Thursday, May 29, 2008

Český Ráj

R, B and I went to Český Ráj for a day of hiking last weekend. Český Ráj is an area about 100 km north of Prague that is known for its rock formations and hiking. The literal translation means "Czech Paradise".

The most surprising thing about the last statement is not the literal translation, it's the fact that the name "Český Ráj" has not been used by one of the local brothels or adult themed stores. It seems like the perfect name for one of these establishments. If you have ever been to Prague, you know that sex shops litter the town. If one corner doesn't have a brothel on it, then it probably has an "Erotic City" video store on it. Two stories about this...

(1) The Czechs refer to the brothels/whore houses as "night clubs". Which is interesting because in the States that phrase has a totally different meaning. I remember I was out with a friend once when I first moved here and we asked the waitress what some of the popular night clubs were around the restaurant. We asked this in the totally innocent, American version of the question. Now that I know of the hidden meaning, I would expect her to roll her eyes and be kind of disgusted at the query. Nope, she answered the question without batting an eye. She even drew a map. I guess it is not uncommon for American tourists to ask the waitress where the closest whore house is. I can't imagine going into a TGI Fridays back home and asking that question.

(2) A couple of weeks ago I rode my bike to this castle about 40 km outside of Prague. There is an extremely small village outside of the castle. It consists of mostly restaurants and tourist shops. Less than 500 people live in this town. But, wouldn't you know it, one of the only stores in town was an "Erotic City". Even I was a bit shocked by that one.

Woah - that was quite a tangent from the purpose of this original post. Let me get back on the trail....

So we rented a car on Sunday morning and drove up to Český Ráj. As I mentioned above, Český Ráj is a region and not really a single destination. So we just headed out to the general area and hope for the best. We were looking for the incredible rock formations that we had heard about. R even tried to tell me that they formed parts of Lord of the Rings here. I called her bluff on that one since the entire trilogy was filmed in New Zealand. But, she read this fact on the Internet, so it must be true.

Since we didn't really have a destination in mind, we just drove up to a hotel we read about online. This hotel was centrally located and many different trails converged at this spot. We had about 6 different trails from which to choose. We were looking for a sign that said "Incredible Rock Formations" but couldn't find one. In fact, all of the signs were in Czech so we couldn't read much of anything.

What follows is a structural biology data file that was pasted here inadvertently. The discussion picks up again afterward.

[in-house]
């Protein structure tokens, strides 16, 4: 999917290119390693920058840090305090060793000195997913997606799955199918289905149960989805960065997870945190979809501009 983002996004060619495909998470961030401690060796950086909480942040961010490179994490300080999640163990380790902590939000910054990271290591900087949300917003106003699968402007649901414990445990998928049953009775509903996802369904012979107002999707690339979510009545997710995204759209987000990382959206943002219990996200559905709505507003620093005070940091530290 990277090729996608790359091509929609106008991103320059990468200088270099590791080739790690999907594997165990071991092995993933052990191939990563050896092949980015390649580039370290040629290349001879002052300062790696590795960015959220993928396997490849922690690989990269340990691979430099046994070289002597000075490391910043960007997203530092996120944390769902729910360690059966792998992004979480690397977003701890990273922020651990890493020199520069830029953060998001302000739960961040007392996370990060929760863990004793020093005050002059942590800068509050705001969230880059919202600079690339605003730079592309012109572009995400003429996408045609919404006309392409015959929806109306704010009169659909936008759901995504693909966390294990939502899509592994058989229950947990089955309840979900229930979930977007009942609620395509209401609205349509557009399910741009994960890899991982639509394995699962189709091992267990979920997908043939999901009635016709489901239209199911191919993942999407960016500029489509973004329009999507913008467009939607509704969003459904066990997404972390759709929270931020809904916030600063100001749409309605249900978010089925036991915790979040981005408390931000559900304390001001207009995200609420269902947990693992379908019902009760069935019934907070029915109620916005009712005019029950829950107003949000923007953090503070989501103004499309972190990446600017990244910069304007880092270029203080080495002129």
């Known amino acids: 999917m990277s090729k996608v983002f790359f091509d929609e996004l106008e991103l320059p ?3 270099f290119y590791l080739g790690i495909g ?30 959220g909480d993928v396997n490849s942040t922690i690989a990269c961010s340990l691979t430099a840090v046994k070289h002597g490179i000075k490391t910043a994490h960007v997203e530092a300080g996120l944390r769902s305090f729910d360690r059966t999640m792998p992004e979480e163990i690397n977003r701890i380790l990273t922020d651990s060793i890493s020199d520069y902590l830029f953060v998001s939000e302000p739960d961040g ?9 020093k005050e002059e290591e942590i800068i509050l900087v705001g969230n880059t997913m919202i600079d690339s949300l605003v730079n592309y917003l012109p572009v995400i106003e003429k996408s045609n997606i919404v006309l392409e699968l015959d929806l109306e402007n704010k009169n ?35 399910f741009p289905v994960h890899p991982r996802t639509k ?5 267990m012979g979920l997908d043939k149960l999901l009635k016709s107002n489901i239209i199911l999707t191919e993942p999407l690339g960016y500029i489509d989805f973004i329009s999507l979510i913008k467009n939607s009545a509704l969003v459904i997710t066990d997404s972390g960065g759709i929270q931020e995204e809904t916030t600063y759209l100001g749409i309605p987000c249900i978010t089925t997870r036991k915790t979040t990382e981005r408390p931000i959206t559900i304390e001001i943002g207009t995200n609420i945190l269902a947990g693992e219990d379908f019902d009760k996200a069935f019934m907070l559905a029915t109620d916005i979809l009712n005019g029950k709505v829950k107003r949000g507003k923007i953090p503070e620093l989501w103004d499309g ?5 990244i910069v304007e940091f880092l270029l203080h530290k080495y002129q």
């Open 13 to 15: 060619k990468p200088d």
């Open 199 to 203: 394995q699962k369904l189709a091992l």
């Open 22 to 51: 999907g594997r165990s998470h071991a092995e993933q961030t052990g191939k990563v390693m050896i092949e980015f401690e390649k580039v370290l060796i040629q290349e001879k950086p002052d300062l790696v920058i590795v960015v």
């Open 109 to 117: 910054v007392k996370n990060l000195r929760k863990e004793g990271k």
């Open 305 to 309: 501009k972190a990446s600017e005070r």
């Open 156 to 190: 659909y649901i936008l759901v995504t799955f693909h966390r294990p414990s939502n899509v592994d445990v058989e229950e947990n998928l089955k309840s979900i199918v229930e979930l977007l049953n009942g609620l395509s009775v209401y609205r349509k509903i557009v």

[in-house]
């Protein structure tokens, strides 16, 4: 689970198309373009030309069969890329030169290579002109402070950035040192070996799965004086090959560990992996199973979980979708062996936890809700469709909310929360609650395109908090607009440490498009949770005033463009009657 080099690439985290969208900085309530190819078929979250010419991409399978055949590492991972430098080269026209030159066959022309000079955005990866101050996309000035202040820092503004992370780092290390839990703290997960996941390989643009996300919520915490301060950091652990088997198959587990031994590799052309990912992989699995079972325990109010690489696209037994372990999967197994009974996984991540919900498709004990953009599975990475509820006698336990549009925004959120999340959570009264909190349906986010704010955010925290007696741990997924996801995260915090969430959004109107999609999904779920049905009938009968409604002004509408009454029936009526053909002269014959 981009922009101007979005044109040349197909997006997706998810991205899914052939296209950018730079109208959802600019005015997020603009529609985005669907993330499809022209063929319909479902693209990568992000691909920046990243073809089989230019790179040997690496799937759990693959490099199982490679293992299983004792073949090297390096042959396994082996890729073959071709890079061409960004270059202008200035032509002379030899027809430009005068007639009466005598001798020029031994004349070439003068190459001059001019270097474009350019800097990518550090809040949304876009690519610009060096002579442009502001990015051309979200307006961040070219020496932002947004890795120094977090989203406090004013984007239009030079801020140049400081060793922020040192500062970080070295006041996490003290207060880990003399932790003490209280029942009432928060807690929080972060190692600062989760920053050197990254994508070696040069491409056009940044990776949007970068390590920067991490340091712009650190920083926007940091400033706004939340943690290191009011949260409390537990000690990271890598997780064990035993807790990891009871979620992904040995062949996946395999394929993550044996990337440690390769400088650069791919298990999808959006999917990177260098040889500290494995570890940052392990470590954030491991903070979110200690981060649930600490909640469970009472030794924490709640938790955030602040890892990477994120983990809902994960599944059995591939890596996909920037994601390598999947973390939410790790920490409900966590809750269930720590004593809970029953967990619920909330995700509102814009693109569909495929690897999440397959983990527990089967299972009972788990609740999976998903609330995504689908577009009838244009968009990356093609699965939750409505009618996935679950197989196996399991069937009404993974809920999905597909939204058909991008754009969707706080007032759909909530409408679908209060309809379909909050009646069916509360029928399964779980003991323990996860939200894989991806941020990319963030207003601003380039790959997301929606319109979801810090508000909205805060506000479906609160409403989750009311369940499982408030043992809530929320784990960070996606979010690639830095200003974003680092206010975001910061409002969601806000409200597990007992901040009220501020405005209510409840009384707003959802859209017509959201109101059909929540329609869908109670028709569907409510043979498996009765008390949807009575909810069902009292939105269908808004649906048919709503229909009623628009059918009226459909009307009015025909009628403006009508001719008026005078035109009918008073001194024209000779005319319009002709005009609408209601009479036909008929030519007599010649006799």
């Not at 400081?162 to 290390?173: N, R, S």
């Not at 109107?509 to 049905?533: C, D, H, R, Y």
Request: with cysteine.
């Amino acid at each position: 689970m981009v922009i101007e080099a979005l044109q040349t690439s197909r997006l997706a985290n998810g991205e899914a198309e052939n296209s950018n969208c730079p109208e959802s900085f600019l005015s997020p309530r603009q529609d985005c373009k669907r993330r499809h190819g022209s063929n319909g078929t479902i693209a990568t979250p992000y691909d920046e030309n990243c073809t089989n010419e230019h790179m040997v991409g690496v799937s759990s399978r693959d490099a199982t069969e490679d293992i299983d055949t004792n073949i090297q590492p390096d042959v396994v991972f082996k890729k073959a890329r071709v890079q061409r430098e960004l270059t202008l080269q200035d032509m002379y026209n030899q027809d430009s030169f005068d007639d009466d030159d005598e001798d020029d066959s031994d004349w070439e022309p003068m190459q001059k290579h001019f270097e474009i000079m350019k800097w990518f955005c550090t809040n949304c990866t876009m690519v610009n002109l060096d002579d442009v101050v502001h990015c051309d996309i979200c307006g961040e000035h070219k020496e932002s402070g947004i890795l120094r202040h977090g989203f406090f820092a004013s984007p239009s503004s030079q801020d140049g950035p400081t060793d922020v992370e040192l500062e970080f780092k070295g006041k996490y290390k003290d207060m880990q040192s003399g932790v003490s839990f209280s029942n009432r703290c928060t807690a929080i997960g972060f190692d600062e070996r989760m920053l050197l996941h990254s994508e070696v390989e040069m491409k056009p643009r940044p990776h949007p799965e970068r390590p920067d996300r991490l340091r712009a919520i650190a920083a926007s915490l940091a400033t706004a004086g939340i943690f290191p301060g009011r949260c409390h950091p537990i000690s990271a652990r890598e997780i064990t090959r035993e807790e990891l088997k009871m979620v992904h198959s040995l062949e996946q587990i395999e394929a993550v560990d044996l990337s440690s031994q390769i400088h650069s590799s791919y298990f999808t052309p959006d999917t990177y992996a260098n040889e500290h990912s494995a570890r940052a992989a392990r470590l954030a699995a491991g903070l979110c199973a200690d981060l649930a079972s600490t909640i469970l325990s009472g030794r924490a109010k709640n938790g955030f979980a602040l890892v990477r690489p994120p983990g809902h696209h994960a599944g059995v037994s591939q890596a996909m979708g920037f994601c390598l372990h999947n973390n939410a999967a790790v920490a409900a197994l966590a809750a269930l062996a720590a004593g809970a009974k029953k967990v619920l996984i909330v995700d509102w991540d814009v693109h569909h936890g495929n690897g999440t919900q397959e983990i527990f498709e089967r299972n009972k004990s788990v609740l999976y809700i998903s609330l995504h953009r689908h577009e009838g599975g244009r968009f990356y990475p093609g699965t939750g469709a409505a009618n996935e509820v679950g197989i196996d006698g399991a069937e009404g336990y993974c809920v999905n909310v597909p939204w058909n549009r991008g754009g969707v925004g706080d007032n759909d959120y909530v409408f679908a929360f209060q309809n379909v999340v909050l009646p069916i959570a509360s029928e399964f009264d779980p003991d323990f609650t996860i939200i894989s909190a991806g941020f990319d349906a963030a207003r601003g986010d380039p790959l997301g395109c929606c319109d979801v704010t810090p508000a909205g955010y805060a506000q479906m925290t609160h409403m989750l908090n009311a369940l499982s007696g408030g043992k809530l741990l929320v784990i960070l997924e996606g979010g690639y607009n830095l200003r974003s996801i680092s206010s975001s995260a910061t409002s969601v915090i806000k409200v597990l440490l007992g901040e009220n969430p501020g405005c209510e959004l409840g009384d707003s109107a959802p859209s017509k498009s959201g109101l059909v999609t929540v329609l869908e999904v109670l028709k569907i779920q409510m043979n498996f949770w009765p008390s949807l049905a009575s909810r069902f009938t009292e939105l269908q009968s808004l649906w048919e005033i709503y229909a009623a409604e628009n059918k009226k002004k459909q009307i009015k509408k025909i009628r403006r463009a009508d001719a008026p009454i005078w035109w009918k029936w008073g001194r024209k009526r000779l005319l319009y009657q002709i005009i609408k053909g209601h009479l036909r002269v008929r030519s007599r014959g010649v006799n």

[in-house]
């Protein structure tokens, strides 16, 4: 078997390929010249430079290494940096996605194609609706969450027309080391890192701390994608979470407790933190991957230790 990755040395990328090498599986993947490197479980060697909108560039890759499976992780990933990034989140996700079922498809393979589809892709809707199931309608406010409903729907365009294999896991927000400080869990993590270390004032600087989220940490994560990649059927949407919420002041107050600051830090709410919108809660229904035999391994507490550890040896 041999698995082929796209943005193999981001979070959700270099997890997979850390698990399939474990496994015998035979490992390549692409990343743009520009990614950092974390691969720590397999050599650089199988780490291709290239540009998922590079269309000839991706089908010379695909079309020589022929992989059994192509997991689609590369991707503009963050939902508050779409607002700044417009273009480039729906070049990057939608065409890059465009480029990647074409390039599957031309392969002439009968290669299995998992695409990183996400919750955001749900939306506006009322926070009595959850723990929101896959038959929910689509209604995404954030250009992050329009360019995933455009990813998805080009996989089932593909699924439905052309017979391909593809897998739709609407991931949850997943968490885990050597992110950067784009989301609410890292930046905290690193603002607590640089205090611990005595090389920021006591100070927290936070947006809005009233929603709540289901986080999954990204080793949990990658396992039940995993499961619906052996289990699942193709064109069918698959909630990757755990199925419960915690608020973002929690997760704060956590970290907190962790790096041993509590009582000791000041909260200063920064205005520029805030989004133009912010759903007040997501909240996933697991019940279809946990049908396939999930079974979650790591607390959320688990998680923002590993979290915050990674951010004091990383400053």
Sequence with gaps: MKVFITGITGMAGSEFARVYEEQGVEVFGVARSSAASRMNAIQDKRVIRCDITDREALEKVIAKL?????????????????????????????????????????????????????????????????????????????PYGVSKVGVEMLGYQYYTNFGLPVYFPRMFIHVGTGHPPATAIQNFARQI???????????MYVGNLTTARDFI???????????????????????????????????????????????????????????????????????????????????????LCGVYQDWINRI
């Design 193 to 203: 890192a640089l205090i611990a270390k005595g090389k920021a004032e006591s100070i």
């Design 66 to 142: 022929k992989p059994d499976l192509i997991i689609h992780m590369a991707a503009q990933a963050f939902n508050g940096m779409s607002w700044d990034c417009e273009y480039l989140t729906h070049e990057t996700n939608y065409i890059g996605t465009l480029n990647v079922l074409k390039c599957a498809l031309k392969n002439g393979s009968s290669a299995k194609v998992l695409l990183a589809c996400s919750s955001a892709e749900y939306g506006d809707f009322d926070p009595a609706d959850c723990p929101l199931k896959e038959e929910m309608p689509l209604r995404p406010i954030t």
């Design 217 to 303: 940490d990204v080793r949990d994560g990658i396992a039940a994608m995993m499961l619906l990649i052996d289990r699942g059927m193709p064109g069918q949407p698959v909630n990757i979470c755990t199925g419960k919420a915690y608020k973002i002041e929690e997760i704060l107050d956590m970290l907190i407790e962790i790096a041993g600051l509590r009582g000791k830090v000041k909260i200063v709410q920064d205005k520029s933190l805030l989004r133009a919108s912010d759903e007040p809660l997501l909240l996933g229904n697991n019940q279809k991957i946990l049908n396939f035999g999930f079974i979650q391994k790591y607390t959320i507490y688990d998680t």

I'm not totally Czech illiterate. I would say my vocabulary runs about 100 words deep. Put it this way, my understanding of Czech is about equivalent to B's understanding of English. And one thing I do know that in Czech the word "hrad" means "Castle". And who doesn't want to see a castle. So we picked the trail that said "Trosky Hrad" and made our way out. (For the record, I don't think B knows what the word castle means in English. So I've got him there. Then again, I have no idea what the words for "Peanut Butter" are in Czech, so maybe I'm not so much smarter than him after all)

The trail to the castle was good. A solid "good". Not spectacular, not great, but nothing wrong with it at all. The castle at the end was also OK. Not great. You get a little castle spoiled living in the Czech Republic. I've probably seen a a dozen in the last year alone. Unless Rapunzel sticks her head out the window and lets me climb up her hair, I'm not going to get all that excited.

Unfortunately, the trail to the castle managed to bypass some of the incredible rock formations. There was also a surprising lack of "Erotic City" stores. We did walk by some rock formations, but most of them would fall in the "credible" category - not the "incredible" category. We picked the wrong trail at the beginning.

We'll return to Český Ráj in search of the elusive Incredible Rock Formations. It's a very easy drive from Prague and perfect for a day trip. Next time we'll do some more research before we go and pick the perfect trail in advance. And, who knows, this trail may even have an "Erotic City" or two on it. Stay tuned...

Monday, May 26, 2008

Ghosts in Prague

My housekeeper Pavla sees ghosts. She sees them in her office across the hall, she sees them wandering around the hallway and she even sees them while she's cleaning my apartment. Her daughter Dada also has the "power" to see ghosts - but no one else in her family does.

Most of the ghosts are rather friendly. However, on Friday apparently a mean ghost was seen wandering around the hall. Pavla was lighting candles to get the evil spirit out. This freaked out Mirka - the office manager who works with Pavla. Right after Pavla told her the reason behind her furious candle lighting, the door slammed shut then the window did. Apparently there was no wind when this happened. Mirka was so scared that she made my tough, guard dog Bauer sit with her while she worked to keep the ghosts away.

Now, I'm not a big believer in ghosts. And, by not a big believer, I mean that I don't believe in ghosts at all. So right about now you are probably waiting for me to tell you my own ghost story from this weekend. You couldn't be more wrong. This just in - GHOSTS DON'T EXIST.